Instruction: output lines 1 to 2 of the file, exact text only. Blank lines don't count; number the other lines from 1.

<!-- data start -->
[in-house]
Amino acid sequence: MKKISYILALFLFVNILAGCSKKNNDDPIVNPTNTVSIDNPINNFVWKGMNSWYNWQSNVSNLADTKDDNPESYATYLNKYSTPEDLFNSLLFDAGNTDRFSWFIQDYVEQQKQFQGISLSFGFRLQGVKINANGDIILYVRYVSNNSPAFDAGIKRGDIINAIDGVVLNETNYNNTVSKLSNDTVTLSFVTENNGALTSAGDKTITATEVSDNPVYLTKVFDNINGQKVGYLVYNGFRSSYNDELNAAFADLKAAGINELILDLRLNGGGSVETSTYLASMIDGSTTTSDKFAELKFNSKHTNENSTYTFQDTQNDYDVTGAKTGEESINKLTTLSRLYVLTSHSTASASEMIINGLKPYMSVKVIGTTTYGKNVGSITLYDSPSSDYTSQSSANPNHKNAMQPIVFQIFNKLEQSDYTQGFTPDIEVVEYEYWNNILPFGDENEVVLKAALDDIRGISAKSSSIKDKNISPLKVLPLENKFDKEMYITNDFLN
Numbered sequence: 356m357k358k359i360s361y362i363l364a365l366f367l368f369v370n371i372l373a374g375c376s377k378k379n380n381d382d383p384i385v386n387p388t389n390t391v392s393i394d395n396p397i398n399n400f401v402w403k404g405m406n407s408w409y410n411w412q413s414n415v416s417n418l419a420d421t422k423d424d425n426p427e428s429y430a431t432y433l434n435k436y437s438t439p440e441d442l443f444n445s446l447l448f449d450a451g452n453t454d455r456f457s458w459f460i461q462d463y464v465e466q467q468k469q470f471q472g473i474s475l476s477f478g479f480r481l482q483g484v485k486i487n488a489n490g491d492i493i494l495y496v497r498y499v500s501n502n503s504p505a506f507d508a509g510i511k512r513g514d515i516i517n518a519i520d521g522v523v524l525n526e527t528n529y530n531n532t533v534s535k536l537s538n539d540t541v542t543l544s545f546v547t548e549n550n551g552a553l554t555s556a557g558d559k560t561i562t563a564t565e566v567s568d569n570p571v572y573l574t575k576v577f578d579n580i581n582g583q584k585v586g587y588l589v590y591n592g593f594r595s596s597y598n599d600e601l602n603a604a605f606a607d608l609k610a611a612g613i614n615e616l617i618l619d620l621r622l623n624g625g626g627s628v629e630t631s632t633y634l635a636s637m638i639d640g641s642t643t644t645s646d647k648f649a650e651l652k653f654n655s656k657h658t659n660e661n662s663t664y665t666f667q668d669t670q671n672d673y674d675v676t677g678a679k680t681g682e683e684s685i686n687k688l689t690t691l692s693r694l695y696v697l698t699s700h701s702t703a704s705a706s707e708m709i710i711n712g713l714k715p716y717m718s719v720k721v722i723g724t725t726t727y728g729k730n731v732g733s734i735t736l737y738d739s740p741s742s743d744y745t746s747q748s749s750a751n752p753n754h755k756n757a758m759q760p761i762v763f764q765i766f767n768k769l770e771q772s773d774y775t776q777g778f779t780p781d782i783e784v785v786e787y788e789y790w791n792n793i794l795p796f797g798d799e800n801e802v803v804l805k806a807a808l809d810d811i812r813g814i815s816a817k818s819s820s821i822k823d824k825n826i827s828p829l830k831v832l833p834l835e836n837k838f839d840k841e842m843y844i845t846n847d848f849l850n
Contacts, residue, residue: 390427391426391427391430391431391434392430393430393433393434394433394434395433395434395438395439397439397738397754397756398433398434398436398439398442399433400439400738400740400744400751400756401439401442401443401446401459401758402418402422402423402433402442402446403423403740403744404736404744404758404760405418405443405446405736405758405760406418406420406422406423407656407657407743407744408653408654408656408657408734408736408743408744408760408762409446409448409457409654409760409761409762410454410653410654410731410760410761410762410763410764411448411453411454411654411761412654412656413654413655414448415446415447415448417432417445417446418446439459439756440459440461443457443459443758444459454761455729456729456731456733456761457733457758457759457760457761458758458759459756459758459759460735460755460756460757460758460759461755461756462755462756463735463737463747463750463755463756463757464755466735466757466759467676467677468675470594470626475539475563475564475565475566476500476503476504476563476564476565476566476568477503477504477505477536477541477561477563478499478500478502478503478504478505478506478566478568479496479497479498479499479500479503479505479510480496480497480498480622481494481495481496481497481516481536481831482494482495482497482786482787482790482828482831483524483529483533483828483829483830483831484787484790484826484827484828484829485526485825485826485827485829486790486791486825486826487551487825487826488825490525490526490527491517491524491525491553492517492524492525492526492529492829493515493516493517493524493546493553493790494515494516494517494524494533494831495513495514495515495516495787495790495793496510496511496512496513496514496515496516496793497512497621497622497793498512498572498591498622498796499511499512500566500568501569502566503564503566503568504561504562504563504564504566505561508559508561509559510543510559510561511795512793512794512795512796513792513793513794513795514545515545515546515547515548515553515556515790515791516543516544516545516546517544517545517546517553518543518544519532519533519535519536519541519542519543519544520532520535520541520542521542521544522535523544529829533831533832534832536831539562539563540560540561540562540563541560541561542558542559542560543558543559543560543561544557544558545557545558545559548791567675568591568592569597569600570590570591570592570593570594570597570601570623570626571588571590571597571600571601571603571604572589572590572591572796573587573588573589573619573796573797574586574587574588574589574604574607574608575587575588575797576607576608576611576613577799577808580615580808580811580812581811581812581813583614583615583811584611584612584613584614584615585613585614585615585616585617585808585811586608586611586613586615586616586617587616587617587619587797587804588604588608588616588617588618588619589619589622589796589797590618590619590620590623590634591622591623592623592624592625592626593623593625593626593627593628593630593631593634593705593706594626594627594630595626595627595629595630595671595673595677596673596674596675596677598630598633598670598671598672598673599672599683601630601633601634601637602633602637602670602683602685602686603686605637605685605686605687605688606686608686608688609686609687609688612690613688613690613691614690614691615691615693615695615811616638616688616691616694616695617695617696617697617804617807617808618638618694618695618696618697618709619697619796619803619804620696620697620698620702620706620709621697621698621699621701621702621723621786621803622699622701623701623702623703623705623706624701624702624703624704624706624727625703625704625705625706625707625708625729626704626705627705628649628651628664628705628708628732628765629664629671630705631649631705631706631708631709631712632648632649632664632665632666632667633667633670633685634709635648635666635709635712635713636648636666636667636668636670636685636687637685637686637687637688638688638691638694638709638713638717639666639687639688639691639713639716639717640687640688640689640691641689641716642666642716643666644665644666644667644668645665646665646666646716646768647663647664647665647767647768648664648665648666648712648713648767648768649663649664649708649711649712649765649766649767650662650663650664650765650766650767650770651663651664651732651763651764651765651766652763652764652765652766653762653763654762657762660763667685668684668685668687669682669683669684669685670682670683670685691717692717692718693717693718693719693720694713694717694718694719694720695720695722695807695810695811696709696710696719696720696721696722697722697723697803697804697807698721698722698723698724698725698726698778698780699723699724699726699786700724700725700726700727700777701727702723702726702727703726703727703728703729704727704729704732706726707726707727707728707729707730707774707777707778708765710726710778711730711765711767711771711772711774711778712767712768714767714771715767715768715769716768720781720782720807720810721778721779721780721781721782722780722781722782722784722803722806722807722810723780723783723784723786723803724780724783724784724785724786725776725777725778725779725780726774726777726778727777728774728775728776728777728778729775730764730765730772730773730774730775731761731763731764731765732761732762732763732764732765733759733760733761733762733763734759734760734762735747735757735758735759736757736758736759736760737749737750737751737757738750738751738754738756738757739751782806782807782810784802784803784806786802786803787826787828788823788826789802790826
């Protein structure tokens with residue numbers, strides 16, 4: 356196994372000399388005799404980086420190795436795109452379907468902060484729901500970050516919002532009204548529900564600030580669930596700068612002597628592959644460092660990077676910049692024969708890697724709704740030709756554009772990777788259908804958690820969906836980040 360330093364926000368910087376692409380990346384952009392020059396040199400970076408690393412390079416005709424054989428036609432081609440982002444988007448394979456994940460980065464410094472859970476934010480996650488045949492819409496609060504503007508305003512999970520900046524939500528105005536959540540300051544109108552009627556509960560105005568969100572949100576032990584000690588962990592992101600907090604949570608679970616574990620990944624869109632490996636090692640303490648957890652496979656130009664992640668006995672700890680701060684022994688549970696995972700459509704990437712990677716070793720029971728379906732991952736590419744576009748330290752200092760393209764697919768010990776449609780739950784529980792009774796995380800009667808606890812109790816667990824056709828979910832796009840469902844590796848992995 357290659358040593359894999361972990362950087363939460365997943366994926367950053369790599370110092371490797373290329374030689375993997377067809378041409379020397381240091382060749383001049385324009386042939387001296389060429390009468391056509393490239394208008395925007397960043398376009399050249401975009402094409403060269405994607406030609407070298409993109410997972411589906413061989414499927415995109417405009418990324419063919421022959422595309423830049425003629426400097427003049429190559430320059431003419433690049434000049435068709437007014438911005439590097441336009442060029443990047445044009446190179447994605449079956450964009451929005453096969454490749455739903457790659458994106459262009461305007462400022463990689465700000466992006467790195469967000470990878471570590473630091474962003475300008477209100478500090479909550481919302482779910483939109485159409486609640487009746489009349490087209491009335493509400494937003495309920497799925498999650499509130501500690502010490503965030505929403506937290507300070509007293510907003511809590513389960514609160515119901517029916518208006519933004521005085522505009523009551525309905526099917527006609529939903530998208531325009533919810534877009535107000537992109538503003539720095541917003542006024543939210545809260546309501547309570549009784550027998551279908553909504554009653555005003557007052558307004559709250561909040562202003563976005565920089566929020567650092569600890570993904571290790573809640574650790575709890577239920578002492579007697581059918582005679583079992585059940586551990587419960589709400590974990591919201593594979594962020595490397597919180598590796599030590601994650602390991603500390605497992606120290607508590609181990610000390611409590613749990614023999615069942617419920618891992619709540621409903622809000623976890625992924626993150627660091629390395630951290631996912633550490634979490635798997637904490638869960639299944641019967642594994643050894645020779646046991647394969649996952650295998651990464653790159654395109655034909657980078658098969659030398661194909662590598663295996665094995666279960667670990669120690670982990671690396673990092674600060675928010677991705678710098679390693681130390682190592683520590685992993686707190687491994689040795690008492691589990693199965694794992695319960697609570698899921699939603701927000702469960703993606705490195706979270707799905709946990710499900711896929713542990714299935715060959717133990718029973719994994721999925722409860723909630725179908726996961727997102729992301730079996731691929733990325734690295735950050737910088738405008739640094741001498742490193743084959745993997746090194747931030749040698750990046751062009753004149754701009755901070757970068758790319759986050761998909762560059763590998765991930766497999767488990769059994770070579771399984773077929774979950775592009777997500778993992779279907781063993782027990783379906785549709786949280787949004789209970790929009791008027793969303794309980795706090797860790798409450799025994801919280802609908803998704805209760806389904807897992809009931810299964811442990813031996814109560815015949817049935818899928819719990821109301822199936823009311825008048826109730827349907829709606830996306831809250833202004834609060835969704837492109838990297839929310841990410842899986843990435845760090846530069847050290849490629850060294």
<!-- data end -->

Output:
[in-house]
Amino acid sequence: MKKISYILALFLFVNILAGCSKKNNDDPIVNPTNTVSIDNPINNFVWKGMNSWYNWQSNVSNLADTKDDNPESYATYLNKYSTPEDLFNSLLFDAGNTDRFSWFIQDYVEQQKQFQGISLSFGFRLQGVKINANGDIILYVRYVSNNSPAFDAGIKRGDIINAIDGVVLNETNYNNTVSKLSNDTVTLSFVTENNGALTSAGDKTITATEVSDNPVYLTKVFDNINGQKVGYLVYNGFRSSYNDELNAAFADLKAAGINELILDLRLNGGGSVETSTYLASMIDGSTTTSDKFAELKFNSKHTNENSTYTFQDTQNDYDVTGAKTGEESINKLTTLSRLYVLTSHSTASASEMIINGLKPYMSVKVIGTTTYGKNVGSITLYDSPSSDYTSQSSANPNHKNAMQPIVFQIFNKLEQSDYTQGFTPDIEVVEYEYWNNILPFGDENEVVLKAALDDIRGISAKSSSIKDKNISPLKVLPLENKFDKEMYITNDFLN